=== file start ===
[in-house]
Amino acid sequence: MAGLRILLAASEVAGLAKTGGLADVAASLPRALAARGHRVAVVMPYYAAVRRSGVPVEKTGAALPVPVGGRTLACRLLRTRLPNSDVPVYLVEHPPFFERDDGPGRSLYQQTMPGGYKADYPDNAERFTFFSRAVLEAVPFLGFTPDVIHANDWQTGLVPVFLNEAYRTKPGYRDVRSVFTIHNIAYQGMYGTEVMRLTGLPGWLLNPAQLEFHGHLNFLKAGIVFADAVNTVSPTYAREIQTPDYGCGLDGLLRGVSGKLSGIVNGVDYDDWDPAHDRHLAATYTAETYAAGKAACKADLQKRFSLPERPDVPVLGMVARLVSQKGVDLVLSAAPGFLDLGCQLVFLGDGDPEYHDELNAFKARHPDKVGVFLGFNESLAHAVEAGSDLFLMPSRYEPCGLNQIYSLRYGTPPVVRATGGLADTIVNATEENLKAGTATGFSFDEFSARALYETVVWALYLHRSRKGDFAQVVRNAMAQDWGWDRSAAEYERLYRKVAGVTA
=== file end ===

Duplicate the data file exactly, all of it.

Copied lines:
[in-house]
Amino acid sequence: MAGLRILLAASEVAGLAKTGGLADVAASLPRALAARGHRVAVVMPYYAAVRRSGVPVEKTGAALPVPVGGRTLACRLLRTRLPNSDVPVYLVEHPPFFERDDGPGRSLYQQTMPGGYKADYPDNAERFTFFSRAVLEAVPFLGFTPDVIHANDWQTGLVPVFLNEAYRTKPGYRDVRSVFTIHNIAYQGMYGTEVMRLTGLPGWLLNPAQLEFHGHLNFLKAGIVFADAVNTVSPTYAREIQTPDYGCGLDGLLRGVSGKLSGIVNGVDYDDWDPAHDRHLAATYTAETYAAGKAACKADLQKRFSLPERPDVPVLGMVARLVSQKGVDLVLSAAPGFLDLGCQLVFLGDGDPEYHDELNAFKARHPDKVGVFLGFNESLAHAVEAGSDLFLMPSRYEPCGLNQIYSLRYGTPPVVRATGGLADTIVNATEENLKAGTATGFSFDEFSARALYETVVWALYLHRSRKGDFAQVVRNAMAQDWGWDRSAAEYERLYRKVAGVTA